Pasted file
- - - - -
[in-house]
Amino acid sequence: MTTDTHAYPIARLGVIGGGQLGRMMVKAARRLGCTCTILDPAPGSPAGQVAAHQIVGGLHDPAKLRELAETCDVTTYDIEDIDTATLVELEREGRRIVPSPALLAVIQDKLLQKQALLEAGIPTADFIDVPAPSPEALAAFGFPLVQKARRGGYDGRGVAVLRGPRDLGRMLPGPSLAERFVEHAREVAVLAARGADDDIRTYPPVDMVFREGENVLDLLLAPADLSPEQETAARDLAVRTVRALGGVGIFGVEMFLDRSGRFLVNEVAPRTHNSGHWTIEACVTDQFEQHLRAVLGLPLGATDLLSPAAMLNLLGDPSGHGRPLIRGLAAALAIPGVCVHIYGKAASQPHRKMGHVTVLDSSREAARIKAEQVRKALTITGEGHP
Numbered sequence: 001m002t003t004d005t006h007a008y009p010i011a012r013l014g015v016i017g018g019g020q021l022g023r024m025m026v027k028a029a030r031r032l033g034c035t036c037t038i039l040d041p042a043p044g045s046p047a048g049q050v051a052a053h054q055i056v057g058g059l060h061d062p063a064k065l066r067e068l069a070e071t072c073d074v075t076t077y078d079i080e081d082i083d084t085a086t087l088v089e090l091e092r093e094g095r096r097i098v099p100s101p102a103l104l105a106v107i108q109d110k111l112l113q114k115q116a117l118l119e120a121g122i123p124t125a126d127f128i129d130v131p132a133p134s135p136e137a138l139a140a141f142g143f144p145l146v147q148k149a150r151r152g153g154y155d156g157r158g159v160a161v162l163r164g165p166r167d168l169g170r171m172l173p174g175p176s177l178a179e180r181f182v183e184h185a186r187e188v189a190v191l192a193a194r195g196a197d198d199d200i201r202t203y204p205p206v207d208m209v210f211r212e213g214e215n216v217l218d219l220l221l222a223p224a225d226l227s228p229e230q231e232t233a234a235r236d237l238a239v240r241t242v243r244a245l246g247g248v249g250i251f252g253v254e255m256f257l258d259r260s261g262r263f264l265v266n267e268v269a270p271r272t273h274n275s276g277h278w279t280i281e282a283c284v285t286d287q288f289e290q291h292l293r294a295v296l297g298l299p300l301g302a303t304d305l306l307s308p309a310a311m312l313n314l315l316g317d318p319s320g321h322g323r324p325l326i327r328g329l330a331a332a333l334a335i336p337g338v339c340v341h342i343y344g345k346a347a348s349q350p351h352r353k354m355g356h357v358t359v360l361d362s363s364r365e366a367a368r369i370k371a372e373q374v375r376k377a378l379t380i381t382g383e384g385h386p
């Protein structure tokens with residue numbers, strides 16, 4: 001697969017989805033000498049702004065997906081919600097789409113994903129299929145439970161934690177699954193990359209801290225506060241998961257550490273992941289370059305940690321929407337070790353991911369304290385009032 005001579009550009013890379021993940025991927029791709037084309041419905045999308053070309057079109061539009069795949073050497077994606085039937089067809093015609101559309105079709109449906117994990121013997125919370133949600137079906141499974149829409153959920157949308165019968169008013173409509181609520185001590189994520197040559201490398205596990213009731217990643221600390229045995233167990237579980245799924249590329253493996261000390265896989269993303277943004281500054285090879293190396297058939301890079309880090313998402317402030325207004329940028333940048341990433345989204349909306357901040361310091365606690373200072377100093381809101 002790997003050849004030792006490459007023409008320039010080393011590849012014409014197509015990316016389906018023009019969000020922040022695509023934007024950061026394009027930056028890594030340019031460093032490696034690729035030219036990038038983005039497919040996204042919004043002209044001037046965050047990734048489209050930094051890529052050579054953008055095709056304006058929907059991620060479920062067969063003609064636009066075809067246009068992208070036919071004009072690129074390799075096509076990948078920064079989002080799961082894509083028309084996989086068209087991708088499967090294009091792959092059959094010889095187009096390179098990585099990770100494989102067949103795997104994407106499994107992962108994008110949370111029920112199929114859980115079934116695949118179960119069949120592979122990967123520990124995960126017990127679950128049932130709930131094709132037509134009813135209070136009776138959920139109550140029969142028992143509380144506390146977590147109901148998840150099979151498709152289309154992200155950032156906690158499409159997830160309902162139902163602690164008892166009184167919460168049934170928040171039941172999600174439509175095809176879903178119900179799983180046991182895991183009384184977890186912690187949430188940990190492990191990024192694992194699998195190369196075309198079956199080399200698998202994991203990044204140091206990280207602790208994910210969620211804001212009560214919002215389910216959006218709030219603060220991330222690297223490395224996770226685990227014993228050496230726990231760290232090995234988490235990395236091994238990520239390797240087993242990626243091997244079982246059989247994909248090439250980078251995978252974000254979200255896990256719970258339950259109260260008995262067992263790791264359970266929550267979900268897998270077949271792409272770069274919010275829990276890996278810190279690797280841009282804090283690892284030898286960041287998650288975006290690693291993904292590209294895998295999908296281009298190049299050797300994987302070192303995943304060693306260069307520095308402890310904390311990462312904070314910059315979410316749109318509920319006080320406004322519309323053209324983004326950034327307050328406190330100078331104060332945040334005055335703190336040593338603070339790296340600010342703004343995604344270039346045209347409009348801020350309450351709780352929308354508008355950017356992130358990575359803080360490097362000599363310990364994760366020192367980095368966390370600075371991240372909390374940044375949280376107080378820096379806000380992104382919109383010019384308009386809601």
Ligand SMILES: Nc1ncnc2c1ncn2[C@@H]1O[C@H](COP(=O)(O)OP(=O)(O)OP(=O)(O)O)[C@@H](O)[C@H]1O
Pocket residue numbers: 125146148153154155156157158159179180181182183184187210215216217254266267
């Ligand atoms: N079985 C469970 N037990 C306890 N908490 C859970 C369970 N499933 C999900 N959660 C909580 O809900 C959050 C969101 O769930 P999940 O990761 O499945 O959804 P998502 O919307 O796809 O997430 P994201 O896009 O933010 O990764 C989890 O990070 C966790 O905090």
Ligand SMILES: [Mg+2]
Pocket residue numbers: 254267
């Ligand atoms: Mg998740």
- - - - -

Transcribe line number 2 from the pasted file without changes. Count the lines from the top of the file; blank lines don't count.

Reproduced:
Amino acid sequence: MTTDTHAYPIARLGVIGGGQLGRMMVKAARRLGCTCTILDPAPGSPAGQVAAHQIVGGLHDPAKLRELAETCDVTTYDIEDIDTATLVELEREGRRIVPSPALLAVIQDKLLQKQALLEAGIPTADFIDVPAPSPEALAAFGFPLVQKARRGGYDGRGVAVLRGPRDLGRMLPGPSLAERFVEHAREVAVLAARGADDDIRTYPPVDMVFREGENVLDLLLAPADLSPEQETAARDLAVRTVRALGGVGIFGVEMFLDRSGRFLVNEVAPRTHNSGHWTIEACVTDQFEQHLRAVLGLPLGATDLLSPAAMLNLLGDPSGHGRPLIRGLAAALAIPGVCVHIYGKAASQPHRKMGHVTVLDSSREAARIKAEQVRKALTITGEGHP